Transformative Philosophy

Lydia Amir: Transformative Philosophy, online via zoom

Transformative philosophy aims to emphasize the power of Western philosophy in bringing about personal change. It argues that philosophic ideals are viable today as they were in the past; and that choosing among them one ideal which is suitable to one s temperament, studying it and implementing it in everyday life is deeply transformative. The course aims to provide an introduction to such as approach.

March 26, 2024. 1:00-3:00 p.m. EST
Meeting One: Ancient Greek Philosophy
This meeting will introduce three versions of the Greek Ideal of Flourishing (eudaemonia). The main philosophers will be Socrates, his student Plato, and the latter’s student Aristotle.

April 2, 2024. 1:00-3:00 p.m. EST
Meeting Two: Hellenistic and Roman Schools of Philosophy

This meeting will introduce three versions of the Hellenistic (and Roman) Ideal of Peace of Mind (ataraxia). The main schools will be Epicureanism, Stoicism, and (Pyrrhonian) Skepticism.

April 9, 2024, 1:00-3:00 p.m. EST
Meeting Three: Medieval and Renaissance Philosophers

This meeting will introduce the religious Ideal of Salvation (salus), the role of philosophers in the medieval Christian era, and the efforts of Renaissance thinkers to liberate philosophic thought from the servitude to this ideal. The main religion will be Christianity, both Catholic and Protestant, and the Renaissance philosopher Michel de Montaigne.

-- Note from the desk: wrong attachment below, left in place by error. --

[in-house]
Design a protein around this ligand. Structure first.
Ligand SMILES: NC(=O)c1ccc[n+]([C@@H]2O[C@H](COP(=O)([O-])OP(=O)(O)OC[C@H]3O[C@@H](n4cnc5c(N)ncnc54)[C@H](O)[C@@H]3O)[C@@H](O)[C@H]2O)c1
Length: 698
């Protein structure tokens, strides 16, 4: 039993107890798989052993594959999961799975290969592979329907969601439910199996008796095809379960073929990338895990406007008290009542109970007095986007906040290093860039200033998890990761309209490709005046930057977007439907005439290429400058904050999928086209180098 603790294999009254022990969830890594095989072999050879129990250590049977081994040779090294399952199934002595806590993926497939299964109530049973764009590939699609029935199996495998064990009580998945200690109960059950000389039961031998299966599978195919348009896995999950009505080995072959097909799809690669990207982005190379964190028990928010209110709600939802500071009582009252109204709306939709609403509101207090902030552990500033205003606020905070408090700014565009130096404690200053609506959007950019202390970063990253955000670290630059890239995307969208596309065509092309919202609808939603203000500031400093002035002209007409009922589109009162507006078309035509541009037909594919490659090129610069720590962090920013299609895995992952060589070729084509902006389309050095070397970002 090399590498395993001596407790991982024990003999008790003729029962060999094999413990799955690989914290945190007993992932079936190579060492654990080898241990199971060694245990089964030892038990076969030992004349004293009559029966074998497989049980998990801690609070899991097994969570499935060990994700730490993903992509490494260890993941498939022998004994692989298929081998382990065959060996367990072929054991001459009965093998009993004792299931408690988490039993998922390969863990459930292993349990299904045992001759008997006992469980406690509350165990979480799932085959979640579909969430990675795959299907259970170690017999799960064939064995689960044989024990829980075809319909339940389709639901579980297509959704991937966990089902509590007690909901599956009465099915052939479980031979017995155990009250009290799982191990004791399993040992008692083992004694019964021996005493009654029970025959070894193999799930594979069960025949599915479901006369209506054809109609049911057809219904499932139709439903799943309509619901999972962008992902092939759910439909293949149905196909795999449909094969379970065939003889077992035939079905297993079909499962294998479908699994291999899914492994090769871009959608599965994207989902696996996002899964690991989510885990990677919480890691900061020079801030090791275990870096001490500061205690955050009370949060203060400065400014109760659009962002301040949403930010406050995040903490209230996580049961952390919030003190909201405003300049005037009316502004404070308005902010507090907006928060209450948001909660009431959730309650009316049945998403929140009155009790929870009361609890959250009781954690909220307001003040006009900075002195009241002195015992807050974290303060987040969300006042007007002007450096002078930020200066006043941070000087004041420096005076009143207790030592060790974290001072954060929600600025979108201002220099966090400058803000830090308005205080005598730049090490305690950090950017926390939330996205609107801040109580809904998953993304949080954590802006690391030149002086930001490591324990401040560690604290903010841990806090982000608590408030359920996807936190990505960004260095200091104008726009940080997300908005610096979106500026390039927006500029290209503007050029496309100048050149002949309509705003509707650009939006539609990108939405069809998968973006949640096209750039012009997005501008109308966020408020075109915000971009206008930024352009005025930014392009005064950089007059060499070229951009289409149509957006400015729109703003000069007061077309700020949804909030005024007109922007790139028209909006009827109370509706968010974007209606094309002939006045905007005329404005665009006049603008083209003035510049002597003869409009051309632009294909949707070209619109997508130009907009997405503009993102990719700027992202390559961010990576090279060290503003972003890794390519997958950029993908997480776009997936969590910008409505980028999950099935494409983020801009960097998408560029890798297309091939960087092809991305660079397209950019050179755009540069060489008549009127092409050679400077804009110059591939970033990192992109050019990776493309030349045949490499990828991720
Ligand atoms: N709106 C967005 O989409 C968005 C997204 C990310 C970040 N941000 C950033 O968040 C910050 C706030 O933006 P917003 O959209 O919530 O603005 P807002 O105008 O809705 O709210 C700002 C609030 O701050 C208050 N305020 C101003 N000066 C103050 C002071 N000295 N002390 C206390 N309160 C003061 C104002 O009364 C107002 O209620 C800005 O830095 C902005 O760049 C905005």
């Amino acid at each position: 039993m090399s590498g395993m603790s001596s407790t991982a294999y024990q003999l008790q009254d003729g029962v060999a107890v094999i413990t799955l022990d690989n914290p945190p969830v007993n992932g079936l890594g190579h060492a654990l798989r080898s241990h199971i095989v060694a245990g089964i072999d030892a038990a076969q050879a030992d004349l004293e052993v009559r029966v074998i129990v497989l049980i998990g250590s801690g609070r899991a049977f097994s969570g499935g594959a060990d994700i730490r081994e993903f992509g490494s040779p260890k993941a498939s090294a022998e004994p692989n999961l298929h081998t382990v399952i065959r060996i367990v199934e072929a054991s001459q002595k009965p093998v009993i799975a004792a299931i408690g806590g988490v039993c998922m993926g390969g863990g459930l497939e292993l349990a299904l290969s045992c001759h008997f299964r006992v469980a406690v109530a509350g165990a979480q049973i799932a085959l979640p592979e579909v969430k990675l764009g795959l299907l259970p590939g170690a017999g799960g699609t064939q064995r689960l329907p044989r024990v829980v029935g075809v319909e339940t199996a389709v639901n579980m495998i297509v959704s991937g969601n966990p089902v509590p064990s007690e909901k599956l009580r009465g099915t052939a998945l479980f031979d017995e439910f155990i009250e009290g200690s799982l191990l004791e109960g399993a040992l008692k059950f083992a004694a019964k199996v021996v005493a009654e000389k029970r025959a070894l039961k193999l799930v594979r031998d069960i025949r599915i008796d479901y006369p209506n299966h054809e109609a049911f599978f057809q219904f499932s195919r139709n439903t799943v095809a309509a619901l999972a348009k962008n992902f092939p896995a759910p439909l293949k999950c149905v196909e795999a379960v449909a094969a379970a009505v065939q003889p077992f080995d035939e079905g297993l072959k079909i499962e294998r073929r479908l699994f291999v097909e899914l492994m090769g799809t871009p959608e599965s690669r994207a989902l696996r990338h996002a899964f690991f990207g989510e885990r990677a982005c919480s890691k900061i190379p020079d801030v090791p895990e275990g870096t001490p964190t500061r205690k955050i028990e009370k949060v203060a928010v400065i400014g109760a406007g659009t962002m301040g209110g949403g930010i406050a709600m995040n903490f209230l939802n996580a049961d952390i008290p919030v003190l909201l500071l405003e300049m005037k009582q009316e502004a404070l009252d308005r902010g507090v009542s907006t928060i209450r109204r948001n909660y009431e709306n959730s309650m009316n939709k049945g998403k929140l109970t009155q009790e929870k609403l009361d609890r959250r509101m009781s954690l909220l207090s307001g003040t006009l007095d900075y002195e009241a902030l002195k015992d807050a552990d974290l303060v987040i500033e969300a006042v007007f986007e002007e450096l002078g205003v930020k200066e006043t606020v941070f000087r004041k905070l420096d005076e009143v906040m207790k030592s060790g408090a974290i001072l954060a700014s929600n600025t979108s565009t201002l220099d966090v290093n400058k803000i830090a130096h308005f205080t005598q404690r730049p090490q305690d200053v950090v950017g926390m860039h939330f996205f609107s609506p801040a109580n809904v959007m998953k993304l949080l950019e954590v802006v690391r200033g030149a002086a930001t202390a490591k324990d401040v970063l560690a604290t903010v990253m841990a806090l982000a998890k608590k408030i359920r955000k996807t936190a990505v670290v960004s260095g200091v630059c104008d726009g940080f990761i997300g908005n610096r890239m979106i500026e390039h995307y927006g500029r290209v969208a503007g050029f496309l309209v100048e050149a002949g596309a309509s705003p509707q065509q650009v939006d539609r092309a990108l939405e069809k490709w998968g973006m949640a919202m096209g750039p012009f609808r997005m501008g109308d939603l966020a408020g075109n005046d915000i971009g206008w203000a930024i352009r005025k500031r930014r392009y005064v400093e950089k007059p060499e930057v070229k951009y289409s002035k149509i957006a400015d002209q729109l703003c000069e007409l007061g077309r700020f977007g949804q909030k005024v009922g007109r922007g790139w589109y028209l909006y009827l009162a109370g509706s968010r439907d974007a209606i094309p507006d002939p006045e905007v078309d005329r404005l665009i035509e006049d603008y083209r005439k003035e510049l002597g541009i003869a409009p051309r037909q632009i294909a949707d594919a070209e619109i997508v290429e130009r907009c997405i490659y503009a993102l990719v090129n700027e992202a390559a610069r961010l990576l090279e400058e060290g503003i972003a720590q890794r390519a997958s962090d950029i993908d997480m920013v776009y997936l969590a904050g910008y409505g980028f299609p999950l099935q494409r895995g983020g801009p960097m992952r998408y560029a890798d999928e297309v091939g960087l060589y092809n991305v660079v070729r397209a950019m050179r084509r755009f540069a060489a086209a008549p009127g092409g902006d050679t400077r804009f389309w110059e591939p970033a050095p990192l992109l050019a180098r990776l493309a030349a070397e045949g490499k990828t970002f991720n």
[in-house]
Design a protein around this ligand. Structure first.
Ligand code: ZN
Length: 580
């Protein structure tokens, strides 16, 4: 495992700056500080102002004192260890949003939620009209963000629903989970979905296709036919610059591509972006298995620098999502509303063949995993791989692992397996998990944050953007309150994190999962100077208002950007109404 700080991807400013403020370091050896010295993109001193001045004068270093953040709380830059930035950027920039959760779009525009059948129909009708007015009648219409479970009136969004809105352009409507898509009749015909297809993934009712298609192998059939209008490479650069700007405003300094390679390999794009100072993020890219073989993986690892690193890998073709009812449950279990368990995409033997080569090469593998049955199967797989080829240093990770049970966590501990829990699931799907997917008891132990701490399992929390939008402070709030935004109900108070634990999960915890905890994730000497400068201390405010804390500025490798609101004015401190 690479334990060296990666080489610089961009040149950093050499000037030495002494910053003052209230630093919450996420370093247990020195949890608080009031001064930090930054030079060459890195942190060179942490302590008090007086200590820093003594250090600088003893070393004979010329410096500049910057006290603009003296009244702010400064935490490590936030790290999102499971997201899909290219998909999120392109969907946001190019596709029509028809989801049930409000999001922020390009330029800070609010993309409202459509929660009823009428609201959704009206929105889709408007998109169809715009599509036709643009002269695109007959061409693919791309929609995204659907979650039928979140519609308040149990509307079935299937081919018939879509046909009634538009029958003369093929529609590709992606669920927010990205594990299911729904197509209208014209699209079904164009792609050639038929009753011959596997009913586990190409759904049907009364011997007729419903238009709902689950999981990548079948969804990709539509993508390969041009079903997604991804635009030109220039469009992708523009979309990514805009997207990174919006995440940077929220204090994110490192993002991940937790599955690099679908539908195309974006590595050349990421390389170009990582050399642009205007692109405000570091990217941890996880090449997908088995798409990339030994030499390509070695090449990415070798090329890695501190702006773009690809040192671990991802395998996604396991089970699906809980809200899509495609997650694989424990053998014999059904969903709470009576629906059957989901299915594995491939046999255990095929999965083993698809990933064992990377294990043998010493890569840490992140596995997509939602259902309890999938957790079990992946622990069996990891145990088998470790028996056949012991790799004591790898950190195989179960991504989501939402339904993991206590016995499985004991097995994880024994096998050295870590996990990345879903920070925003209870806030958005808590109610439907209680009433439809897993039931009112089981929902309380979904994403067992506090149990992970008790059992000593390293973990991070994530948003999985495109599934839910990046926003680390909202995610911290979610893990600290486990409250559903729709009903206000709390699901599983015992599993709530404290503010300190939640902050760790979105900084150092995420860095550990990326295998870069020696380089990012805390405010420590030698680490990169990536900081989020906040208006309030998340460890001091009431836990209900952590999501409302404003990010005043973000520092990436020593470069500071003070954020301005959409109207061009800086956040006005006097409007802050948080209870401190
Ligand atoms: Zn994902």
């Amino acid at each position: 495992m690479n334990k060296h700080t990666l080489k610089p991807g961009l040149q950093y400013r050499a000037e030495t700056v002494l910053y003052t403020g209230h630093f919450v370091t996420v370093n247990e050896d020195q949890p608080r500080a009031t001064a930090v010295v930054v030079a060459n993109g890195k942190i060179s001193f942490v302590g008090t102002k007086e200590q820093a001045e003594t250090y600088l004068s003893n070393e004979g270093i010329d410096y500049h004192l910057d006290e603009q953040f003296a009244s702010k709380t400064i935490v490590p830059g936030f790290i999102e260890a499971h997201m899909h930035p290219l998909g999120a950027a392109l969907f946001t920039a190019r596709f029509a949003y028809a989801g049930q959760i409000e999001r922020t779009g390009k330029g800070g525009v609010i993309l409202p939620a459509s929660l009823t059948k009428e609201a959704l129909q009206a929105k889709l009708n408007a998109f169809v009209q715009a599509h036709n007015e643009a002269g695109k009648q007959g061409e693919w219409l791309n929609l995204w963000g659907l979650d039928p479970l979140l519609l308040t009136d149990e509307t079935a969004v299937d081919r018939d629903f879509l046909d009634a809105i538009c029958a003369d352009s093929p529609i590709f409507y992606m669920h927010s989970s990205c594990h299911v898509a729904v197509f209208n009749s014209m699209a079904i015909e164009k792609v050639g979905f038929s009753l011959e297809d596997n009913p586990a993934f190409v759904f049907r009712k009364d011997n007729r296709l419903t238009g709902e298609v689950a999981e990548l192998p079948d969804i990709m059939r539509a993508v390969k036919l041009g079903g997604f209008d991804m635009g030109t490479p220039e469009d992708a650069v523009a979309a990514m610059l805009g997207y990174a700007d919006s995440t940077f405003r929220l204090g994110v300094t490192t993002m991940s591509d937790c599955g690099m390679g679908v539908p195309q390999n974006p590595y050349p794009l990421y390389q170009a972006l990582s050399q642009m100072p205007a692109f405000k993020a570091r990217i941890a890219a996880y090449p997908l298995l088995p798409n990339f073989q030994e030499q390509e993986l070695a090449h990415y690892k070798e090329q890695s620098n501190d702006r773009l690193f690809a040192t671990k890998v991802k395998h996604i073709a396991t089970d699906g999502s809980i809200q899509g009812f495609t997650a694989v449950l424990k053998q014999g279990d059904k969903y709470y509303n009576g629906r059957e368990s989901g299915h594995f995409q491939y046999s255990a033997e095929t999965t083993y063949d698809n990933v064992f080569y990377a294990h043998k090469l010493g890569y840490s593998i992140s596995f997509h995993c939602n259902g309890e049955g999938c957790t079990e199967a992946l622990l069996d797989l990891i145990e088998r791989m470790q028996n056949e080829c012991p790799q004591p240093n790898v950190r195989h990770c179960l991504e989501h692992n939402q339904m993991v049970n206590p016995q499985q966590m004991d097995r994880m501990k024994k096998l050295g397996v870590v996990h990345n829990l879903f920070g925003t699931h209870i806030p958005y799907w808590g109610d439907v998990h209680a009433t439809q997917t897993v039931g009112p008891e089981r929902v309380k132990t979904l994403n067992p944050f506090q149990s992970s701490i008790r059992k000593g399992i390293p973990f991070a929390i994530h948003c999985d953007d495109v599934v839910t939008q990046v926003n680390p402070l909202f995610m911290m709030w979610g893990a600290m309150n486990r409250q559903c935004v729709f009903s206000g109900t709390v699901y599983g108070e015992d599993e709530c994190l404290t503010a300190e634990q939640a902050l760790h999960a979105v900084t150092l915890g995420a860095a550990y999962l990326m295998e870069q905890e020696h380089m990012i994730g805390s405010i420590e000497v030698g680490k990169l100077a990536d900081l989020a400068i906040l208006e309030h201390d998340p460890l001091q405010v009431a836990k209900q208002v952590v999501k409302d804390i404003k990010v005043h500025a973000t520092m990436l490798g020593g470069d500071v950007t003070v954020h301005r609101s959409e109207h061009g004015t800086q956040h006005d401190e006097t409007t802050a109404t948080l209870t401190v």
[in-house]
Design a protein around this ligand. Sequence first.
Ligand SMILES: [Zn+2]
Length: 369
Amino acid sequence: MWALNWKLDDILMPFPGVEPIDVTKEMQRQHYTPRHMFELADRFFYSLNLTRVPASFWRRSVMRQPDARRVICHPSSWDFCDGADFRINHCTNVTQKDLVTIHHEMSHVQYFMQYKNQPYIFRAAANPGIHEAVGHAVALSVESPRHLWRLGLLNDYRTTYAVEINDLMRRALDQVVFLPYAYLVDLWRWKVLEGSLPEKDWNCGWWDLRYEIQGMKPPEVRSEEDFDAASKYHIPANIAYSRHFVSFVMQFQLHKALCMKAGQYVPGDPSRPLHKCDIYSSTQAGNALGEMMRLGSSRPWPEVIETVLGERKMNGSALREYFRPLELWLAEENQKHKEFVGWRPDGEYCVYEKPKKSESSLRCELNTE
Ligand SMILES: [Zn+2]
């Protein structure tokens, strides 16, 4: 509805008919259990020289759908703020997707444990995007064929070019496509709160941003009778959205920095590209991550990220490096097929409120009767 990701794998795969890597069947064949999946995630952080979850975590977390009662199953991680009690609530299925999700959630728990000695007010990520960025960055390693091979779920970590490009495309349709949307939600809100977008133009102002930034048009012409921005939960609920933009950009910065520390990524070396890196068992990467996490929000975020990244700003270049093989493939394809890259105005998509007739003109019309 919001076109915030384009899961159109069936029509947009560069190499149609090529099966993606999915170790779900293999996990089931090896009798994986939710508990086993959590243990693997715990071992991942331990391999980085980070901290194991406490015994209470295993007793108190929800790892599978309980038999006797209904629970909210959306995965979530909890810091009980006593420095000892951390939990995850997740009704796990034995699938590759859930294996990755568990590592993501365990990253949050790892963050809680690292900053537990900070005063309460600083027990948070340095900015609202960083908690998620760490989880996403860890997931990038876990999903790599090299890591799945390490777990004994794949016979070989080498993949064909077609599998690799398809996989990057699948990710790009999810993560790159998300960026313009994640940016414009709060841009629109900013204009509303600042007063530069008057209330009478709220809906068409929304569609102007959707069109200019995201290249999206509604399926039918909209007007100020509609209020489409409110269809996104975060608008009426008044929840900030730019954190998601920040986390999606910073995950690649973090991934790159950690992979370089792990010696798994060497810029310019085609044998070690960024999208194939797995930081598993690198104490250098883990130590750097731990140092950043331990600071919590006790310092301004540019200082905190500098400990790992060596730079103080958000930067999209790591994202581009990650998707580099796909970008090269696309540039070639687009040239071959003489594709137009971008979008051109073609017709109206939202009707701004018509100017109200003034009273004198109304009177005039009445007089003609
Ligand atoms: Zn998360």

April 16, 2024, 1:00-3:00 p.m. EST
Meeting Four: Modern Philosophers

This meeting will introduce the philosophic Ideal of Redemption Here and Now, both in its Enlightenment Cooperative or Social guise and in its individual or personal philosophic guise. French and English philosophers of the Enlightenment will be followed by Benedict Spinoza, Arthur Schopenhauer, Friedrich Nietzsche, ad George Santayana.

April 23, 2024, 1:00-3:00 p.m. EST
Meeting Five: Contemporary Philosophers

This meeting will introduce the last philosophic Ideal, Authenticity, the ideal of 20th century existentialist thinkers, such as Jean-Paul Sartre and Simone de Beauvoir, and its fate in the hands of postmodernism and of tragic philosophers, such as Clement Rosset.

10 hours, 10 credits, maximum 12 participants

Open to Certified, Affiliate, Associate and Adjunct members

program fee: $249

enroll here

Cancellation policy: If APPA cancels the course, program fees will be 100% refunded. If a participant cancels their participation before the course starts, $200 will be refunded. If a participant cancels their participation during the course, the refund will be $200 minus $40 per week of attendance.   

Lydia Amir is a French-Israeli professor of philosophy, currently teaching in the department of Philosophy at Tufts University and at graduate programs of Philosophy in Romania and Mexico. She also serves as a Research Fellow in the Institute of Advanced Studies in Humanities and Social Sciences at Beijing Normal University at Zhuhai, China. Amir has worked as a philosophical practitioner for the last 30 years. She is President of the Israeli Association for Philosophical Practice, a Director of the American Philosophical Practitioners Association, founding President of the International Association for the Philosophy of Humor, and member of various academic boards and committees. In addition to many articles and essays, Amir has published seven books, and is working under contract on several additional manuscripts. A board member of various journals, she serves as editor of two journals, one of which she founded, along with three book series; notably, the Lexington Series in Philosophical Practice.

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